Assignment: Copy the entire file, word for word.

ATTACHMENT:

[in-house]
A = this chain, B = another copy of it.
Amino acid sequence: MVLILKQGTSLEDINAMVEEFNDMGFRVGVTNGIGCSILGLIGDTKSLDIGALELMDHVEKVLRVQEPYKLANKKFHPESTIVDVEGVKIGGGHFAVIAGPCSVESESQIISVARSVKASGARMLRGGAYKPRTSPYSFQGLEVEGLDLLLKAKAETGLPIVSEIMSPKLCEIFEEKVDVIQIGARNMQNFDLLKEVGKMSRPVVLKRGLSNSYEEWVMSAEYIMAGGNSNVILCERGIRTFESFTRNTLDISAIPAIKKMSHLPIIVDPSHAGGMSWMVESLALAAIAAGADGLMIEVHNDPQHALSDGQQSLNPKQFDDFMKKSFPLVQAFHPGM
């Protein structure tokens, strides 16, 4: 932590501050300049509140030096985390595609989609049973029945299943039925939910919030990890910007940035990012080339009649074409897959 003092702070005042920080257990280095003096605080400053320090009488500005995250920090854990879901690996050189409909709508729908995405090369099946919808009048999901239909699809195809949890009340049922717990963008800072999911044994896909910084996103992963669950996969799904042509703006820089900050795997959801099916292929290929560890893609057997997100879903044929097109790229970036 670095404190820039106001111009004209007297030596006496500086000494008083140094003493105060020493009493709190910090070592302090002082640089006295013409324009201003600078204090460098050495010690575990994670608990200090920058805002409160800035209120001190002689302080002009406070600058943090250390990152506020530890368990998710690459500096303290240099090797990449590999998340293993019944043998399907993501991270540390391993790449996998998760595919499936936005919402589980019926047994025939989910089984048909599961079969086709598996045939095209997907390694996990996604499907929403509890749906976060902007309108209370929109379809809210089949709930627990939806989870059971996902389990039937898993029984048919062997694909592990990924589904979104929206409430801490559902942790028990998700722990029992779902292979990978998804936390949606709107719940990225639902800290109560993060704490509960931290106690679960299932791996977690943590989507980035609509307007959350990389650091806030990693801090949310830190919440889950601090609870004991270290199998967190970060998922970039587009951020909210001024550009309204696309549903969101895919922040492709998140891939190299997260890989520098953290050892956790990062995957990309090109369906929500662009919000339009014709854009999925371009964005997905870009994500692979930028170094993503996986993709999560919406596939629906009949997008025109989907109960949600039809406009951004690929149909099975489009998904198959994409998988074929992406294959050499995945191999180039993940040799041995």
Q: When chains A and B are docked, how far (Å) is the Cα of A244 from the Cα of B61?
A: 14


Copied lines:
[in-house]
A = this chain, B = another copy of it.
Amino acid sequence: MVLILKQGTSLEDINAMVEEFNDMGFRVGVTNGIGCSILGLIGDTKSLDIGALELMDHVEKVLRVQEPYKLANKKFHPESTIVDVEGVKIGGGHFAVIAGPCSVESESQIISVARSVKASGARMLRGGAYKPRTSPYSFQGLEVEGLDLLLKAKAETGLPIVSEIMSPKLCEIFEEKVDVIQIGARNMQNFDLLKEVGKMSRPVVLKRGLSNSYEEWVMSAEYIMAGGNSNVILCERGIRTFESFTRNTLDISAIPAIKKMSHLPIIVDPSHAGGMSWMVESLALAAIAAGADGLMIEVHNDPQHALSDGQQSLNPKQFDDFMKKSFPLVQAFHPGM
């Protein structure tokens, strides 16, 4: 932590501050300049509140030096985390595609989609049973029945299943039925939910919030990890910007940035990012080339009649074409897959 003092702070005042920080257990280095003096605080400053320090009488500005995250920090854990879901690996050189409909709508729908995405090369099946919808009048999901239909699809195809949890009340049922717990963008800072999911044994896909910084996103992963669950996969799904042509703006820089900050795997959801099916292929290929560890893609057997997100879903044929097109790229970036 670095404190820039106001111009004209007297030596006496500086000494008083140094003493105060020493009493709190910090070592302090002082640089006295013409324009201003600078204090460098050495010690575990994670608990200090920058805002409160800035209120001190002689302080002009406070600058943090250390990152506020530890368990998710690459500096303290240099090797990449590999998340293993019944043998399907993501991270540390391993790449996998998760595919499936936005919402589980019926047994025939989910089984048909599961079969086709598996045939095209997907390694996990996604499907929403509890749906976060902007309108209370929109379809809210089949709930627990939806989870059971996902389990039937898993029984048919062997694909592990990924589904979104929206409430801490559902942790028990998700722990029992779902292979990978998804936390949606709107719940990225639902800290109560993060704490509960931290106690679960299932791996977690943590989507980035609509307007959350990389650091806030990693801090949310830190919440889950601090609870004991270290199998967190970060998922970039587009951020909210001024550009309204696309549903969101895919922040492709998140891939190299997260890989520098953290050892956790990062995957990309090109369906929500662009919000339009014709854009999925371009964005997905870009994500692979930028170094993503996986993709999560919406596939629906009949997008025109989907109960949600039809406009951004690929149909099975489009998904198959994409998988074929992406294959050499995945191999180039993940040799041995």
Q: When chains A and B are docked, how far (Å) is the Cα of A244 from the Cα of B61?
A: 14